This was fairly early in the morning and I knew there was no chance that I could get inside the building. Besides, my recollection was that the courthouse's hallways are very poorly lit, and the only areas of interest would be the courtrooms. Even on a business day, given the security concerns at the courthouse, it is very unlikely that I would be allowed to take pictures under any circumstances.
So I focused on the exterior and decided to look for opportunities in black and white. This is actually the very first photo that I took.
Maybe that pigeon says something. I'm not sure. But I liked that the shot included only a portion of the roman arch.
Perhaps the most distinctive feature of the building's architecture are its Corinthian columns. Here is a face-on shot.
And another taken from an oblique angle.
This latter shot, though it lacks symmetry, does a much better job of showing off the detail in the columns' structure.
The exterior also features a number of pediments titled with words common to the legal system. I liked Truth the best.
The plaza extending east from the front of the building includes a couple of statues. One was no surprise, General Douglas MacArthur, one of Milwaukee's most prominent historical figures.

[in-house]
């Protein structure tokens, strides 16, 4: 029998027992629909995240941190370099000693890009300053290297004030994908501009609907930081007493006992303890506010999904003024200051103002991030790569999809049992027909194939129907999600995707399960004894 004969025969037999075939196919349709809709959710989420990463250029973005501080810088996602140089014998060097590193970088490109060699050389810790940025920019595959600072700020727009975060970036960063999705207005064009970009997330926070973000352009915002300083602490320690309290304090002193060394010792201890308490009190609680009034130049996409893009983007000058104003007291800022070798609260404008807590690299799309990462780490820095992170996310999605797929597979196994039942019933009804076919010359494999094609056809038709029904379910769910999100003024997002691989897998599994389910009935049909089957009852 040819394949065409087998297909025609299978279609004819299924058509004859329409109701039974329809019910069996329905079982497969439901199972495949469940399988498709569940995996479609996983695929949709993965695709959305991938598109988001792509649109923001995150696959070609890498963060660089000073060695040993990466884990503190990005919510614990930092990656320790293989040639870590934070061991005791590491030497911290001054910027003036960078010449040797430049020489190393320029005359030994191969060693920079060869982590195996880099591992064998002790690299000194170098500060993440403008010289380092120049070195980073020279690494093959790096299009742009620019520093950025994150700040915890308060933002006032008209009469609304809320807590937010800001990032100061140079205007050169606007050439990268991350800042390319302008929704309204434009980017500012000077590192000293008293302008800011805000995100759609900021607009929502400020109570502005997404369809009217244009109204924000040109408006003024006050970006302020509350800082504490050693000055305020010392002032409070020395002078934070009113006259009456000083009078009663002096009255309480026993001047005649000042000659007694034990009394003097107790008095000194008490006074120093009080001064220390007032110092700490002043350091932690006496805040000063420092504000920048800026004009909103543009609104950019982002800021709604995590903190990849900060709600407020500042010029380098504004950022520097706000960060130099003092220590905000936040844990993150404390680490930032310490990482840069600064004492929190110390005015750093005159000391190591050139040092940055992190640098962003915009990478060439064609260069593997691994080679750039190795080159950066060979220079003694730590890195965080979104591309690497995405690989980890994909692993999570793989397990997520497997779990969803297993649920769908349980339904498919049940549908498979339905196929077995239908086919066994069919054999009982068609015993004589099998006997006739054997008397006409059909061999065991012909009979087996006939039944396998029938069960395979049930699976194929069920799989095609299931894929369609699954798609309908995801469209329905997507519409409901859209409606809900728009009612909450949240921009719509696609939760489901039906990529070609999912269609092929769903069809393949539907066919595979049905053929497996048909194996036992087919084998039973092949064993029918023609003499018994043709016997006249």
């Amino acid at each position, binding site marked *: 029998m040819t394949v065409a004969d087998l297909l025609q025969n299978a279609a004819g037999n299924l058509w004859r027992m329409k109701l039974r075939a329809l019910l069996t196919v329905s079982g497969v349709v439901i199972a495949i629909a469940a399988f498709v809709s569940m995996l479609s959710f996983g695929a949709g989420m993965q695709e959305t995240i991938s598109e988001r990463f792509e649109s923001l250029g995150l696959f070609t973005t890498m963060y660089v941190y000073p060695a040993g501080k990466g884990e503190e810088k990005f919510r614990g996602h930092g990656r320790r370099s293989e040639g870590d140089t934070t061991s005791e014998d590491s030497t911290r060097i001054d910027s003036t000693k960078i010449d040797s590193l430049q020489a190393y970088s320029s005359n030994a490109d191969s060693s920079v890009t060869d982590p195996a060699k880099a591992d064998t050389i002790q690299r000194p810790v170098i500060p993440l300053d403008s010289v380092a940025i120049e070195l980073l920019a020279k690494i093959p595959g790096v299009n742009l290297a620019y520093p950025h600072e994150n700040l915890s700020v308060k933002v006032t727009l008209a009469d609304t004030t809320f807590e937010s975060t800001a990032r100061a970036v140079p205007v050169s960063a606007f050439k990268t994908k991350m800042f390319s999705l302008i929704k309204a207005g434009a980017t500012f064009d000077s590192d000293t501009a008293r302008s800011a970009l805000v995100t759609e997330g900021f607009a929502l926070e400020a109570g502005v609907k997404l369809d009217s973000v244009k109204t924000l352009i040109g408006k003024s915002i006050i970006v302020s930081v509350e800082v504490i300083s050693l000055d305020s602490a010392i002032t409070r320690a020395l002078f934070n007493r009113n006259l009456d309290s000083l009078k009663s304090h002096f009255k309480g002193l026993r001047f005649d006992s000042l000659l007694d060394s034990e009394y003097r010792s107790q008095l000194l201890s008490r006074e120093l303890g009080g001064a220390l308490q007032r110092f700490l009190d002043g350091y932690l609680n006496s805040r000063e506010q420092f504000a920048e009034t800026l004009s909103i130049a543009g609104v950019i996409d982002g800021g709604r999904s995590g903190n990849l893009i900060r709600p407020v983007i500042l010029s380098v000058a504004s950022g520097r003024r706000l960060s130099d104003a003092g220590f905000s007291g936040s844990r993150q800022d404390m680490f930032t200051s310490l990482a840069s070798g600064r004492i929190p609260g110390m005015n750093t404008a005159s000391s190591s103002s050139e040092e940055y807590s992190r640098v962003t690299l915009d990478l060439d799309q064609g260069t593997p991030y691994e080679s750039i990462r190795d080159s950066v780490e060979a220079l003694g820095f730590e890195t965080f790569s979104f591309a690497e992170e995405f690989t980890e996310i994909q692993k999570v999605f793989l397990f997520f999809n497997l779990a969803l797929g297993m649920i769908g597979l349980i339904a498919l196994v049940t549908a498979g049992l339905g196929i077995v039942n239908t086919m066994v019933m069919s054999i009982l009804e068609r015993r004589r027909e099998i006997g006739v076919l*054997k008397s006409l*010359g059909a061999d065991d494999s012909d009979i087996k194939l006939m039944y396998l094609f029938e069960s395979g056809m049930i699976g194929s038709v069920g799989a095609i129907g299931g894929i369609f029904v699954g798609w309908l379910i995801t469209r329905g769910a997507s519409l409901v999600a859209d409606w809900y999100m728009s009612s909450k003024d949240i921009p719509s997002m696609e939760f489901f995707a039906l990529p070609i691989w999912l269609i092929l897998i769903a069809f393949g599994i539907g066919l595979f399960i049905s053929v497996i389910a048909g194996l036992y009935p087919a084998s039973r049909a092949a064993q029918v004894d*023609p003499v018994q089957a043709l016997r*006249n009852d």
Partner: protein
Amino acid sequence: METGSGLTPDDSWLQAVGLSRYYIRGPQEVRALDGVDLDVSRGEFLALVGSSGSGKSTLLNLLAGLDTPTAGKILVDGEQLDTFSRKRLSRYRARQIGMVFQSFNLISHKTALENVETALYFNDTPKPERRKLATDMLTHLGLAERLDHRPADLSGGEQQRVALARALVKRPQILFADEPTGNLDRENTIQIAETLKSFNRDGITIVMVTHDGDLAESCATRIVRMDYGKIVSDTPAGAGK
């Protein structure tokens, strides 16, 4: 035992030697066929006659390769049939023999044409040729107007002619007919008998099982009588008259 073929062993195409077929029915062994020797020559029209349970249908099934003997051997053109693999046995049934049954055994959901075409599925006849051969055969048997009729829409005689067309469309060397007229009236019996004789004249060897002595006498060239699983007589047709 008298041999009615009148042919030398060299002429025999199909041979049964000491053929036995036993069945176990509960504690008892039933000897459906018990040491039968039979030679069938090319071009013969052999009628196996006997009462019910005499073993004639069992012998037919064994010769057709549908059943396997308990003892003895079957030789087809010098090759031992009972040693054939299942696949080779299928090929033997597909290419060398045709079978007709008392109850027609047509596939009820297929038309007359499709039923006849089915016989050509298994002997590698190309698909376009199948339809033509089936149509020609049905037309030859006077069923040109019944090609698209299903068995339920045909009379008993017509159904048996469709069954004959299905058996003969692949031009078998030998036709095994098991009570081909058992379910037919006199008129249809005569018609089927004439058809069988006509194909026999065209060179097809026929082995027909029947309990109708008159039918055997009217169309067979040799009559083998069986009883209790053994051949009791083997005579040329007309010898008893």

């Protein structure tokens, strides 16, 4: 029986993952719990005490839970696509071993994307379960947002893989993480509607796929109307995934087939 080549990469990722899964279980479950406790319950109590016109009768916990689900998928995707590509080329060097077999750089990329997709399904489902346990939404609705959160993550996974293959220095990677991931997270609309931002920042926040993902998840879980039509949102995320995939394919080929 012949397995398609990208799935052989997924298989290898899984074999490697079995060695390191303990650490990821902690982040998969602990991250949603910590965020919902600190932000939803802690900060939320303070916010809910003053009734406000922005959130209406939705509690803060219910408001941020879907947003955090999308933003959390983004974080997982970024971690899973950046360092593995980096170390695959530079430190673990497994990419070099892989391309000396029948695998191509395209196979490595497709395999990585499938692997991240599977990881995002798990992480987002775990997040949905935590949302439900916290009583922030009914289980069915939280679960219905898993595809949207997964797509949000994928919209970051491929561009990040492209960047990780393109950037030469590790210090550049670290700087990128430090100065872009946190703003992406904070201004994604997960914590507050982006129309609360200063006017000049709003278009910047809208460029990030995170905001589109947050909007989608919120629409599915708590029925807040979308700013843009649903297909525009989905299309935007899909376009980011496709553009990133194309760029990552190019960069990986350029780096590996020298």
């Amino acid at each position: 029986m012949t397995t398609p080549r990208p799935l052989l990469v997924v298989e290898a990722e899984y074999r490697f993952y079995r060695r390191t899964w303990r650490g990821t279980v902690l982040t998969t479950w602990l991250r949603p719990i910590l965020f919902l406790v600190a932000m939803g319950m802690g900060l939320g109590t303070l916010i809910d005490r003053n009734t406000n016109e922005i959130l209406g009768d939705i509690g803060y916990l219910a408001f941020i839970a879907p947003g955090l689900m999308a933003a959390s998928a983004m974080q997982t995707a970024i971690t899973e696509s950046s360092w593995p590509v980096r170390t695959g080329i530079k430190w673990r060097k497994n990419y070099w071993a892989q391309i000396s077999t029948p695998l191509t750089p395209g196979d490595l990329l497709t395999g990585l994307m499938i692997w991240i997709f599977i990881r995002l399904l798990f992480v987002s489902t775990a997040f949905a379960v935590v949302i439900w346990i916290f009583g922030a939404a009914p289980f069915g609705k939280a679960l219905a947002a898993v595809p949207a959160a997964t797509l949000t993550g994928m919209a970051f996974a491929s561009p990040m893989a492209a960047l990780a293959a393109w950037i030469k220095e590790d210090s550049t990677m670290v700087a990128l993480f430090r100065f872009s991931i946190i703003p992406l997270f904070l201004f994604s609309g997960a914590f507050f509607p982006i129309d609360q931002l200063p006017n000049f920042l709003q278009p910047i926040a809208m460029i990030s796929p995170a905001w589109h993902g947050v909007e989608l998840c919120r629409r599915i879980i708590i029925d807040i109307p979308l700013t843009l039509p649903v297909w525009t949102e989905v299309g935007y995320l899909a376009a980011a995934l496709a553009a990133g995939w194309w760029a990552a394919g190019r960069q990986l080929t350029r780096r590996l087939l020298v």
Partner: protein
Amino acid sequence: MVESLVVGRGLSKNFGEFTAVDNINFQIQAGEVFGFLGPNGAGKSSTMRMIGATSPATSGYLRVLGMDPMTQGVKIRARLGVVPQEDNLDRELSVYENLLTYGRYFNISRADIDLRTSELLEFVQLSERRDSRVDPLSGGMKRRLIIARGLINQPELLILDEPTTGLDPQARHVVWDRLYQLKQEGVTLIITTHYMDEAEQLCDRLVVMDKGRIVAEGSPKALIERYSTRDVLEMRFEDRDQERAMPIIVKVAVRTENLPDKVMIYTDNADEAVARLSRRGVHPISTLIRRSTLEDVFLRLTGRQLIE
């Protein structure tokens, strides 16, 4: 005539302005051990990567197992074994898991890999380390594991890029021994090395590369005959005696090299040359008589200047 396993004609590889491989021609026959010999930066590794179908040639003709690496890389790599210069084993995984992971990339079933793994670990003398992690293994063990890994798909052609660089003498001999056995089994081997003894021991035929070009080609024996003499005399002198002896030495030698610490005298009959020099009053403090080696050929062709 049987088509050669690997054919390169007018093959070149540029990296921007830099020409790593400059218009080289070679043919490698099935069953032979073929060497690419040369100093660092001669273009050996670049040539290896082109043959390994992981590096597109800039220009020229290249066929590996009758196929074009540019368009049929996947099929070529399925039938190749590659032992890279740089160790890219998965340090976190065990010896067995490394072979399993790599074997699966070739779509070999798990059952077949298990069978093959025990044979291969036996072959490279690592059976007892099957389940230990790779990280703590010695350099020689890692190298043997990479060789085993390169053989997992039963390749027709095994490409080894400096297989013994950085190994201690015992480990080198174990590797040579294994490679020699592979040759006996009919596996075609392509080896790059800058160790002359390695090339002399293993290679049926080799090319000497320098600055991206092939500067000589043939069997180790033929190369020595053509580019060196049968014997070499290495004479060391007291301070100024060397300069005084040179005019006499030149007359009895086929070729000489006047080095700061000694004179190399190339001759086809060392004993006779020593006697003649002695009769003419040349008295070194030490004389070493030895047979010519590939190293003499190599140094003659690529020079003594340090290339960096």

The other,which was more centrally positioned, was a surprise: Mahatma Gandhi. I'm not sure what the connection to the courthouse would be other than that a benefactor with clout funded the statue's commissioning. Not that it's a bad statue. Here are a couple of shots.
In this latter shot I was attempting to emphasize Gandhi's hand, leaving the rest out of focus. Not sure that it works.
Although it was a quiet Sunday morning, I was not entirely alone. There were the local geese.
And another fellow out for his "constitutional."
Finally, I took a few shots of the city jail, located adjacent to the courthouse. You can tell it's the jail because the windows are too small to escape from.